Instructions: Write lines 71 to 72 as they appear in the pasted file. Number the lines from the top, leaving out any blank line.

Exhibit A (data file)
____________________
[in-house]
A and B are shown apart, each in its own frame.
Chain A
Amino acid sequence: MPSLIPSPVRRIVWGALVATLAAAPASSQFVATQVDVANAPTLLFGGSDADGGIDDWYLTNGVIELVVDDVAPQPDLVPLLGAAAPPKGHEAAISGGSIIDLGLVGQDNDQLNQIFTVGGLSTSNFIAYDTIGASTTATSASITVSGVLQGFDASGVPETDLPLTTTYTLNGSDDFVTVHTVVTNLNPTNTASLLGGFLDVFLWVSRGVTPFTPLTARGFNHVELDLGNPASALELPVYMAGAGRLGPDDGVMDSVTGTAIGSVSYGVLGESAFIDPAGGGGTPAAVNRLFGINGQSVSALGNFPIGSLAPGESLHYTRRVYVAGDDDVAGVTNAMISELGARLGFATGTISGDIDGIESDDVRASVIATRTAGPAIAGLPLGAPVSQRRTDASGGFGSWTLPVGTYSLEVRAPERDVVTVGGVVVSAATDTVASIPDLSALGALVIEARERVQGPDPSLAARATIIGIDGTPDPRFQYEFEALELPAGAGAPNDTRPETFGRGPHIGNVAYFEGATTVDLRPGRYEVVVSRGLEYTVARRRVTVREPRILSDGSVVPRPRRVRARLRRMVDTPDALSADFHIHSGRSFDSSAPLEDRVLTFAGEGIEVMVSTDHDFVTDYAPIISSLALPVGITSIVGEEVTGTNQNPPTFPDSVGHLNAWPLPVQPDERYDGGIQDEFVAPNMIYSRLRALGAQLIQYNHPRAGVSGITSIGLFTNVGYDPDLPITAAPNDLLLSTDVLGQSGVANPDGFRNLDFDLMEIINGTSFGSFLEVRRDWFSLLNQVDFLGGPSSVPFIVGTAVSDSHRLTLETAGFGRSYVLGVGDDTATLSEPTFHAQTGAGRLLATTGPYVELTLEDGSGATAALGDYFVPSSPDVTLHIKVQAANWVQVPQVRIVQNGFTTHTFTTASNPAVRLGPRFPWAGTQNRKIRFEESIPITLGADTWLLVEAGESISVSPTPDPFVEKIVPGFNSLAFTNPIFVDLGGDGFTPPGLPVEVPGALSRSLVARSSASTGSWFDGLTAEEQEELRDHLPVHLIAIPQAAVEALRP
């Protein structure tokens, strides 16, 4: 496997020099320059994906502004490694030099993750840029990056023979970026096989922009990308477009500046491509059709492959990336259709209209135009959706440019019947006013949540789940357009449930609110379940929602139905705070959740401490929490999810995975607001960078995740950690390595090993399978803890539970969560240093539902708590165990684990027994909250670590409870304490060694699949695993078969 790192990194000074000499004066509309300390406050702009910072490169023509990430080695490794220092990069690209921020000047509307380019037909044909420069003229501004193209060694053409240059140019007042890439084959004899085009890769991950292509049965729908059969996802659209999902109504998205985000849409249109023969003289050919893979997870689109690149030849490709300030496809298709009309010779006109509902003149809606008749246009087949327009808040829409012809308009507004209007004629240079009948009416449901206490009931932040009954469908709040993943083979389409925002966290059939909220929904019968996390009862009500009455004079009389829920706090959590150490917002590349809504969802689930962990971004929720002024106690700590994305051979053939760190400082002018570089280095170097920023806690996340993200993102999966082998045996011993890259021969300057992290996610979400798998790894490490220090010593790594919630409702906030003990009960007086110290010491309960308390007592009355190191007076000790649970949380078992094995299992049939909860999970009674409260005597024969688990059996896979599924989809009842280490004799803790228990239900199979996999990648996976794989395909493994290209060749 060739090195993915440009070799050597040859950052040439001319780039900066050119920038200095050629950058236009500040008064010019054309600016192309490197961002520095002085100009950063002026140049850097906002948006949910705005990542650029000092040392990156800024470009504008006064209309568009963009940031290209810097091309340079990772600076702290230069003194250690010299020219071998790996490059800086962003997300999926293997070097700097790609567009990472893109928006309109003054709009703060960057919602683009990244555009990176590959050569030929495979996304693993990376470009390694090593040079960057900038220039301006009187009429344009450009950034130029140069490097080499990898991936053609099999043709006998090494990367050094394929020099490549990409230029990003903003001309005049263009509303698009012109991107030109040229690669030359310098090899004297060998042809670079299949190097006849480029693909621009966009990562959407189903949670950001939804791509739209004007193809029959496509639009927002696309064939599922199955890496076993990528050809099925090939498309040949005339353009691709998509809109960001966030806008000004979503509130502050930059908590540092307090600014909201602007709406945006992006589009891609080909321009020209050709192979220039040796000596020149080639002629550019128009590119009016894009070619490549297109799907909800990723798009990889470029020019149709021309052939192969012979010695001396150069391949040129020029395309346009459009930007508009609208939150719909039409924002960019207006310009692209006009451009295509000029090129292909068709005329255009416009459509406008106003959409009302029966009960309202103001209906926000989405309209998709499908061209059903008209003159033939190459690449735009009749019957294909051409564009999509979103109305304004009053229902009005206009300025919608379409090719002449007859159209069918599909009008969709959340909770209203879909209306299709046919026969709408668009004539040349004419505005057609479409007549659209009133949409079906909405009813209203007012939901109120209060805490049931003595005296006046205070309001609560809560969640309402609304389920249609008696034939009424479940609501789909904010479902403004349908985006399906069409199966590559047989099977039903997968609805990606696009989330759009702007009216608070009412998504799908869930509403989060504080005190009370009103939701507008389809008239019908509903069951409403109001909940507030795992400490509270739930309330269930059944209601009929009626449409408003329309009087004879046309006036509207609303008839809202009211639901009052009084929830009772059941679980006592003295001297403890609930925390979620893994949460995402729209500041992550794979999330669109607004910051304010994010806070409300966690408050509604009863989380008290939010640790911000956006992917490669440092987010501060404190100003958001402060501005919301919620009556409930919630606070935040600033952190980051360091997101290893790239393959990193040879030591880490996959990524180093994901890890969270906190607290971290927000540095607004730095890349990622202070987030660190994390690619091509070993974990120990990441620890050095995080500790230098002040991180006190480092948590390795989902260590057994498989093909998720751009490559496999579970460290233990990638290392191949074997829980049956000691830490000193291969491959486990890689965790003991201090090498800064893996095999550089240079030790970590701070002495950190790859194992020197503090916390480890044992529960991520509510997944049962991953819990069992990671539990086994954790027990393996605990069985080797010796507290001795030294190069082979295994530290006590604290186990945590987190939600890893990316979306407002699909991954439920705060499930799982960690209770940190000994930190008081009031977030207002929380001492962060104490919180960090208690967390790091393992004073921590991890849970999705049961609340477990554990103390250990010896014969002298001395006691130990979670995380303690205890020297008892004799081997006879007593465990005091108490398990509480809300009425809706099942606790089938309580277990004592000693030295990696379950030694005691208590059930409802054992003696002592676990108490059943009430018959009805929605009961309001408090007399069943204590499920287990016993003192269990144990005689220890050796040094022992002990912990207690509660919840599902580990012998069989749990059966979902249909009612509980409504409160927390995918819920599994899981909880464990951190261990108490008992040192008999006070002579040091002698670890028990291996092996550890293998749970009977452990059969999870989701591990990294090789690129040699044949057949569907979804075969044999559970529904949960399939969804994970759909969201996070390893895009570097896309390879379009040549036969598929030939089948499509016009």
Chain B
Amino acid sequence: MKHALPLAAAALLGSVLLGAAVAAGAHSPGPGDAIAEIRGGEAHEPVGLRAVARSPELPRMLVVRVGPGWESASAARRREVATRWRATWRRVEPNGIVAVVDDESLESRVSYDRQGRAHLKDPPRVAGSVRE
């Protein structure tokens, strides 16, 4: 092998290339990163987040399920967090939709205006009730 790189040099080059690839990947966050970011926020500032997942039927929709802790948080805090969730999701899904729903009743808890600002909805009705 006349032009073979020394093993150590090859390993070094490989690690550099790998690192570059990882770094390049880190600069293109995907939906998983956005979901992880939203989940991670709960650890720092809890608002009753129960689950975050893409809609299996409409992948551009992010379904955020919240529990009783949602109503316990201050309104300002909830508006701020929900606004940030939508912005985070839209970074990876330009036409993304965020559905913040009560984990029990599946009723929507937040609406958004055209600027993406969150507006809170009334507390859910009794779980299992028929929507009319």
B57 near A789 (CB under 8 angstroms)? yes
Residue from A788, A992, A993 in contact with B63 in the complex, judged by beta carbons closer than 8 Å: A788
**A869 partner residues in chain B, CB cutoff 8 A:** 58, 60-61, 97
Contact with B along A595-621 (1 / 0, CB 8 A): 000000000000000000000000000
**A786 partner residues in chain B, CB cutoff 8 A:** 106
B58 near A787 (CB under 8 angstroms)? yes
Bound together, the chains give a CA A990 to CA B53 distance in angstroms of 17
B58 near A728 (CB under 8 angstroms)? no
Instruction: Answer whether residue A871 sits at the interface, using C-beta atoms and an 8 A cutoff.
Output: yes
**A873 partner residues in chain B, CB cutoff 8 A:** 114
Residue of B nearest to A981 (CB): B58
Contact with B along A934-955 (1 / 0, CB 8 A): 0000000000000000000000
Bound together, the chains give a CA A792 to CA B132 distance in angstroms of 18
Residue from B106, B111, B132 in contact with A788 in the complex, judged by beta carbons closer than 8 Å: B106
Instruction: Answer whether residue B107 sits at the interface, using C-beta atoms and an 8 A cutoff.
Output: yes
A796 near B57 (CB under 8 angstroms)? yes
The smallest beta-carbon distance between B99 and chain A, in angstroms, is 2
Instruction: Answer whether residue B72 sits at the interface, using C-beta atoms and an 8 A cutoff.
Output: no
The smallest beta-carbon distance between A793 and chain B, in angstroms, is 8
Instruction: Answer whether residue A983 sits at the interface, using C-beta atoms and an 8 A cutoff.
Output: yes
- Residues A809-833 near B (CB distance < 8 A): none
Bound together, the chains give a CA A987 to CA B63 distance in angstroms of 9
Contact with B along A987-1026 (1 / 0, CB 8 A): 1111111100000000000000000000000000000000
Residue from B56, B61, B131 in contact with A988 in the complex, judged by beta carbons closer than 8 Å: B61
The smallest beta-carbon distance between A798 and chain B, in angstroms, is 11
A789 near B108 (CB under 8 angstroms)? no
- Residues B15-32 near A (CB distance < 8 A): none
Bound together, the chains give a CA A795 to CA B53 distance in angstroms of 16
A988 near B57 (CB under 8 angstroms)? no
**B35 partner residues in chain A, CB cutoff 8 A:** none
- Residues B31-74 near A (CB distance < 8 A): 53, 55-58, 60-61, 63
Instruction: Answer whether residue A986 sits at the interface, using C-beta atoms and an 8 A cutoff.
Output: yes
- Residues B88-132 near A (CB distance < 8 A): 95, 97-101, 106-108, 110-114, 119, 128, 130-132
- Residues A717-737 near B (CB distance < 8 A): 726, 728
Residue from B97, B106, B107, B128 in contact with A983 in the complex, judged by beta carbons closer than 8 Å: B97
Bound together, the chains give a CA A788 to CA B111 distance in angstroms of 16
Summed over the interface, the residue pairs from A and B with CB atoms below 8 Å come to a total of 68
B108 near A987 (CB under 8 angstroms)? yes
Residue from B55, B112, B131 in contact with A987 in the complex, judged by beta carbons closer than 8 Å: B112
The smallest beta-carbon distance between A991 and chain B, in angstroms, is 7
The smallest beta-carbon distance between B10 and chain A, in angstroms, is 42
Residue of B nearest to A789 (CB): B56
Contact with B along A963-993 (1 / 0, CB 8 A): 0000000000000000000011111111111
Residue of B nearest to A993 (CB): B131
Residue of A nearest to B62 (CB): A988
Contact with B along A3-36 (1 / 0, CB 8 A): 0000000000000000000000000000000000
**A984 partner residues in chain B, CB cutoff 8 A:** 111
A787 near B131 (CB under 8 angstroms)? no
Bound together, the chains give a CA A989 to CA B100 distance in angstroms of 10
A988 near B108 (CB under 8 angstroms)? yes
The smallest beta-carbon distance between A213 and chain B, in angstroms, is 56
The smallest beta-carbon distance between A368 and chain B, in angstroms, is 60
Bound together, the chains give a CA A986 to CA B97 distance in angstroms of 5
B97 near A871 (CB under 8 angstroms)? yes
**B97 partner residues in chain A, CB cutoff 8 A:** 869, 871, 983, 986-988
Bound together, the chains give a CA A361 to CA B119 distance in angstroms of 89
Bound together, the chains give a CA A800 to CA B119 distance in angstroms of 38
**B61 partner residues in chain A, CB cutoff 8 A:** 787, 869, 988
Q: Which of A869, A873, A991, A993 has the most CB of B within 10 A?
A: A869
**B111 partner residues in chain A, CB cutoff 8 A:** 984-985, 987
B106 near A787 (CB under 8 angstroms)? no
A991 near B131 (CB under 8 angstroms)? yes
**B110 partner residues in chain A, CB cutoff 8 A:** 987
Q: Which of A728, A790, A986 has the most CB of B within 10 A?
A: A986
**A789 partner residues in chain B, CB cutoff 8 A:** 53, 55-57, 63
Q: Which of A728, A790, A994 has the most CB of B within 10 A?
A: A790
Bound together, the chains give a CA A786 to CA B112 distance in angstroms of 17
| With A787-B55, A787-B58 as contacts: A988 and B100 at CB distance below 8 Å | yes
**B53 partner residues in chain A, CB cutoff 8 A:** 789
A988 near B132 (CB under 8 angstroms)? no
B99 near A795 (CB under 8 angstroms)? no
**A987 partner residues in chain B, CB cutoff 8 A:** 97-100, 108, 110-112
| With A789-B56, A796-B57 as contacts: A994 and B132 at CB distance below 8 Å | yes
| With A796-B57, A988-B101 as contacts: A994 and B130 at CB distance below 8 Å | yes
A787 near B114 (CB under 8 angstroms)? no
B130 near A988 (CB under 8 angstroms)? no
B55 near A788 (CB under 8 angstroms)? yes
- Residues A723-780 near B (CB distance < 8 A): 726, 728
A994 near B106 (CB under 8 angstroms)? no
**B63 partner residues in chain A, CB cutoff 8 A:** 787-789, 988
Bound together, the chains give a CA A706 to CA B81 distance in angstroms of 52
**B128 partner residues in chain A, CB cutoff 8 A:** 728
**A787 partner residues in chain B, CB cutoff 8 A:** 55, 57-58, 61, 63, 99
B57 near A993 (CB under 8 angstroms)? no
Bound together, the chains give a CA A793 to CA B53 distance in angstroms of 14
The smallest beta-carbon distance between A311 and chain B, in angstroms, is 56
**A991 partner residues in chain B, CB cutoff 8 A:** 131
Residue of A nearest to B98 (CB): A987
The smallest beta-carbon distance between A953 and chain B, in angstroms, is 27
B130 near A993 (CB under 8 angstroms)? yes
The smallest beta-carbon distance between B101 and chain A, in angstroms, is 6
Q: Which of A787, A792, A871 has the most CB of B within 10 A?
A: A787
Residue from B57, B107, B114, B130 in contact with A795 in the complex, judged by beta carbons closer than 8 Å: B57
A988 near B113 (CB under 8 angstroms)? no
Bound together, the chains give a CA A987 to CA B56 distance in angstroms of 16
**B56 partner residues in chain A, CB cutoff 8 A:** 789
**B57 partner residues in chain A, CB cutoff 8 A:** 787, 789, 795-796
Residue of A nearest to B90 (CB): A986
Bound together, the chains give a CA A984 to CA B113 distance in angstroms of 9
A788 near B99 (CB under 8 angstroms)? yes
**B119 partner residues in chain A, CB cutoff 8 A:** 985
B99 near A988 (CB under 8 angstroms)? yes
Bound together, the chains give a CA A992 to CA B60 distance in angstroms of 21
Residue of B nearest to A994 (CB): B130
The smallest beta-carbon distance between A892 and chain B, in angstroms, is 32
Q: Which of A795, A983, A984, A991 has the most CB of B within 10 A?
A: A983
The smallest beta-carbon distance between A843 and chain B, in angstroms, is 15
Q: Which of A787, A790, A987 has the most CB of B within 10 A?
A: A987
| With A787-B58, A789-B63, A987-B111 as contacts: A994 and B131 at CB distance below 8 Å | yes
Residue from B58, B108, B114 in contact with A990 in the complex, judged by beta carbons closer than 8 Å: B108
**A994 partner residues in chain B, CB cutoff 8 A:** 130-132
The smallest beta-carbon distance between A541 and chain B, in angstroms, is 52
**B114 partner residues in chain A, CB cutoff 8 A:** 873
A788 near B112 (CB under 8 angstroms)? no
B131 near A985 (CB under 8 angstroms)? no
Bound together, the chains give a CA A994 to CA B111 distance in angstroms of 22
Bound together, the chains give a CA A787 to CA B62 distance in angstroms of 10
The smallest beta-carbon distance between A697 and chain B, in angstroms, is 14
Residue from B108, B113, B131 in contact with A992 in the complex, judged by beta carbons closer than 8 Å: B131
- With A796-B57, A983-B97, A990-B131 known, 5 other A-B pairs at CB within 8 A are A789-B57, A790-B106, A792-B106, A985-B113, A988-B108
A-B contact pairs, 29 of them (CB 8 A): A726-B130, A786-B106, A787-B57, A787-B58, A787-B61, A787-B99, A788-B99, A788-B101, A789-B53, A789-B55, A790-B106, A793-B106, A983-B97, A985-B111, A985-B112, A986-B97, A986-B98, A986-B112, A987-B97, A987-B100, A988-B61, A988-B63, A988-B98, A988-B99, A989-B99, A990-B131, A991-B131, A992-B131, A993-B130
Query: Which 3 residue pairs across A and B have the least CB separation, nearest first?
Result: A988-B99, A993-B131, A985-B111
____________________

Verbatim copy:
**B61 partner residues in chain A, CB cutoff 8 A:** 787, 869, 988
Q: Which of A869, A873, A991, A993 has the most CB of B within 10 A?